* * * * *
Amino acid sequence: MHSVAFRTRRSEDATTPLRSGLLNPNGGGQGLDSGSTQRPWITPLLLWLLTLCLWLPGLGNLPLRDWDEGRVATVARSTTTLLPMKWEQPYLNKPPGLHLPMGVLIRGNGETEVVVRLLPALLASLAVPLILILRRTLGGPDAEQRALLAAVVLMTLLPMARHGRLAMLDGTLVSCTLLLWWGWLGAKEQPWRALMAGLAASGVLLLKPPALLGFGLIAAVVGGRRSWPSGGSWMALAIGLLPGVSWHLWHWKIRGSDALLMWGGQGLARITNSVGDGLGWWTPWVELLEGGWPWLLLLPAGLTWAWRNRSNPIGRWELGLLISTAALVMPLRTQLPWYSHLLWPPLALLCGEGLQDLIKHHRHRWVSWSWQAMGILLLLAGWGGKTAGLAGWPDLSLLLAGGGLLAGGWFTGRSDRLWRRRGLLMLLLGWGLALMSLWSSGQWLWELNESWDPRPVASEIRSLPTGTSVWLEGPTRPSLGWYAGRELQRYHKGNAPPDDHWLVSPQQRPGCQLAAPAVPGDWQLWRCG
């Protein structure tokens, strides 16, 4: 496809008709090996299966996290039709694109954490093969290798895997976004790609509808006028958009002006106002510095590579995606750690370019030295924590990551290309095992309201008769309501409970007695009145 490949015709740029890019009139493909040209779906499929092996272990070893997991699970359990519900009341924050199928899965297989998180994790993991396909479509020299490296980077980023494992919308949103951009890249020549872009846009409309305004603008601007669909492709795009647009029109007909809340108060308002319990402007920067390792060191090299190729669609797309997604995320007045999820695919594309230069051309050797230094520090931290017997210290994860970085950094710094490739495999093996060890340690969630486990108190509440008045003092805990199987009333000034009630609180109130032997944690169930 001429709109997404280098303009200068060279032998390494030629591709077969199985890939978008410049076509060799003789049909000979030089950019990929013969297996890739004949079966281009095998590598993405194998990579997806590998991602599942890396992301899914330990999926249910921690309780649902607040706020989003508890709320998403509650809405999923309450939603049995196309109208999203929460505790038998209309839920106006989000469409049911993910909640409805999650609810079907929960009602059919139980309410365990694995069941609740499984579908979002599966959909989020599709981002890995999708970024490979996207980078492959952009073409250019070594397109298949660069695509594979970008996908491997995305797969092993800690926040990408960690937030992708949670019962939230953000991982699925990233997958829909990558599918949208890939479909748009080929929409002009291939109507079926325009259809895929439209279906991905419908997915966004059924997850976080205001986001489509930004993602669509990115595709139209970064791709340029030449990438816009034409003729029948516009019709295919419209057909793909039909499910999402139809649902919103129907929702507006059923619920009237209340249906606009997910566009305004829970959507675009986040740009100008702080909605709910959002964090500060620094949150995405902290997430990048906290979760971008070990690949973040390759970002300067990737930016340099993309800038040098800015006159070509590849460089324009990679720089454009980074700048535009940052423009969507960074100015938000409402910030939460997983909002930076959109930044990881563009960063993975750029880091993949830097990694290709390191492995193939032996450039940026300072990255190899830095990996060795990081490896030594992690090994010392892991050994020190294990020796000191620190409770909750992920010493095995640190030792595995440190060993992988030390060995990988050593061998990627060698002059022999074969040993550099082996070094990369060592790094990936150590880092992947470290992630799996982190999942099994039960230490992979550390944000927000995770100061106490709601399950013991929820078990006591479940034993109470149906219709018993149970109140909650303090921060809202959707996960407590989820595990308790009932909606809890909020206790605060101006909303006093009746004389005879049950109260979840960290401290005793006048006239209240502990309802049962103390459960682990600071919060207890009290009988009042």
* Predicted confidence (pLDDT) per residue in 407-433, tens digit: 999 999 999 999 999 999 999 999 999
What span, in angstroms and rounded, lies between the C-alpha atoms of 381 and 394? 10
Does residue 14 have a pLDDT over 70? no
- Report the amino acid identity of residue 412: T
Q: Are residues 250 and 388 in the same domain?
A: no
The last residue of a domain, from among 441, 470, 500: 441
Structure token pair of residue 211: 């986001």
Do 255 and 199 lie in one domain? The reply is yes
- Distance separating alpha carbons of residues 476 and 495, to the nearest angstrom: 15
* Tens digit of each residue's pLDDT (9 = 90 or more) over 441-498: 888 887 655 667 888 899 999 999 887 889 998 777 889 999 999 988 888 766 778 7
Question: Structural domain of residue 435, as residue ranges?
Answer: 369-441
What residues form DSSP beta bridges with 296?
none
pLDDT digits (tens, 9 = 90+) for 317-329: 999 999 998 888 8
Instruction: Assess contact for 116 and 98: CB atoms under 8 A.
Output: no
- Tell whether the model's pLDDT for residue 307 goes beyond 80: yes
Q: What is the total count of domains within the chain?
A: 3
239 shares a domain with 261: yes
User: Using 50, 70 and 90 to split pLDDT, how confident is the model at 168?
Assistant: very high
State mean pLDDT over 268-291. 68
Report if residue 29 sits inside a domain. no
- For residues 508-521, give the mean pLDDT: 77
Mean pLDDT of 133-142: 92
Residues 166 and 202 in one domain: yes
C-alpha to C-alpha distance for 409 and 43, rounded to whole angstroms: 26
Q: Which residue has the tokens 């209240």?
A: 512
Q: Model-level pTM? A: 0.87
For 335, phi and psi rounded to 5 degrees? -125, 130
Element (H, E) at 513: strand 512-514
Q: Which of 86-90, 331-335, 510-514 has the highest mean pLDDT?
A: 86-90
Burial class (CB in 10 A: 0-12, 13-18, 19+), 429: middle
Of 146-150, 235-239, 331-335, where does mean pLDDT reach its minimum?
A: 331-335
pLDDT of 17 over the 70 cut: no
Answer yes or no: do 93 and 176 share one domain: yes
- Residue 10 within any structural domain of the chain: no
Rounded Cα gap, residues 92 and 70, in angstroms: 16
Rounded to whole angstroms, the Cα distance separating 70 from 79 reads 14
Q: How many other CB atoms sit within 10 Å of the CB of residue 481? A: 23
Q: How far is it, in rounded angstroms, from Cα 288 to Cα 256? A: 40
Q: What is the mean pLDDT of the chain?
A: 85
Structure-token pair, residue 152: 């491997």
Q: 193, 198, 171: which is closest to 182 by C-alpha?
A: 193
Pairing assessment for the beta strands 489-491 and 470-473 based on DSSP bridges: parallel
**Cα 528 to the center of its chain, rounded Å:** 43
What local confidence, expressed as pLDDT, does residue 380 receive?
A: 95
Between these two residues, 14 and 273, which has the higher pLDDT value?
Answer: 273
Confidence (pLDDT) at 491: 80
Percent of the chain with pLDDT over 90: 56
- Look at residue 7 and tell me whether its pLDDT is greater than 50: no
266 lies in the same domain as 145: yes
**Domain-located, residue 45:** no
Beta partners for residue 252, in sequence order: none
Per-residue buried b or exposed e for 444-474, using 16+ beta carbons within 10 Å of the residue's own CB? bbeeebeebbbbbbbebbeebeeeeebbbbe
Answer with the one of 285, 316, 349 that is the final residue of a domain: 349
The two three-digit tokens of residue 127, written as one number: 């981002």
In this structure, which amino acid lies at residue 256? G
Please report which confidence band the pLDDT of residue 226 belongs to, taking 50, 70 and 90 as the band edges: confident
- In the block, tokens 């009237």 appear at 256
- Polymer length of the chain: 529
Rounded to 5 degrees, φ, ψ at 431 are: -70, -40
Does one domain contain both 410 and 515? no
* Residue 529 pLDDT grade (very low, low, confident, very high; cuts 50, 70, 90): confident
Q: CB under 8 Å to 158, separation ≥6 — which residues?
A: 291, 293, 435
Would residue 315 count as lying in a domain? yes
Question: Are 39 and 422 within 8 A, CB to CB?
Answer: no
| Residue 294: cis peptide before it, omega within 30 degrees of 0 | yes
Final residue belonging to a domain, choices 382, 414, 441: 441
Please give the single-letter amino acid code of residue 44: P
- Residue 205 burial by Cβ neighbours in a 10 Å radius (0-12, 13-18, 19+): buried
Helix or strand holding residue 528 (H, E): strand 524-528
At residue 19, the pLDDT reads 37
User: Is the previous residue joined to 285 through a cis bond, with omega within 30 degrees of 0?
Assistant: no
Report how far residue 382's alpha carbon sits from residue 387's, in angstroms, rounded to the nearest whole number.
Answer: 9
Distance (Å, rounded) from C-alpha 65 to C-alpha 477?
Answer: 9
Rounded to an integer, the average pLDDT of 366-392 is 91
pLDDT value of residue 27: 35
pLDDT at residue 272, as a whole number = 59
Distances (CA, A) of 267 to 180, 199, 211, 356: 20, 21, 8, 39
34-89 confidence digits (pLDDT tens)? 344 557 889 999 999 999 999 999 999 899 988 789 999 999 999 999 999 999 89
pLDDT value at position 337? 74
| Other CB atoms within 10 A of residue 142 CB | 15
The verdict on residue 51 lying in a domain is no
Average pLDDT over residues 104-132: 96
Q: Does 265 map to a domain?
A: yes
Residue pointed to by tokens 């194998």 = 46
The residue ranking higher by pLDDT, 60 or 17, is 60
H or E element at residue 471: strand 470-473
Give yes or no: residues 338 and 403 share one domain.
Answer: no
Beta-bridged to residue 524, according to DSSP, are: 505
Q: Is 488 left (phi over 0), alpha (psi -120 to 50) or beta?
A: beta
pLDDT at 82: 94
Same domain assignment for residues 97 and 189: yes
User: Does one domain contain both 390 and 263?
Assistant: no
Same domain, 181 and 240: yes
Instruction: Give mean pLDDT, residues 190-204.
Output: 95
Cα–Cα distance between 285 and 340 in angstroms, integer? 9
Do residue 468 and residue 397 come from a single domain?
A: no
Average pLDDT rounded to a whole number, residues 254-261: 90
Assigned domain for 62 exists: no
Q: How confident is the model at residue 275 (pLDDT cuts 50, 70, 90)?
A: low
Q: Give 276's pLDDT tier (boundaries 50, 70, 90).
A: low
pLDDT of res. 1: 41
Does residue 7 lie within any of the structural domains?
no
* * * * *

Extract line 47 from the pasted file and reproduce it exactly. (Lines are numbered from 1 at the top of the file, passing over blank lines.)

Rounded to whole angstroms, the Cα distance separating 70 from 79 reads 14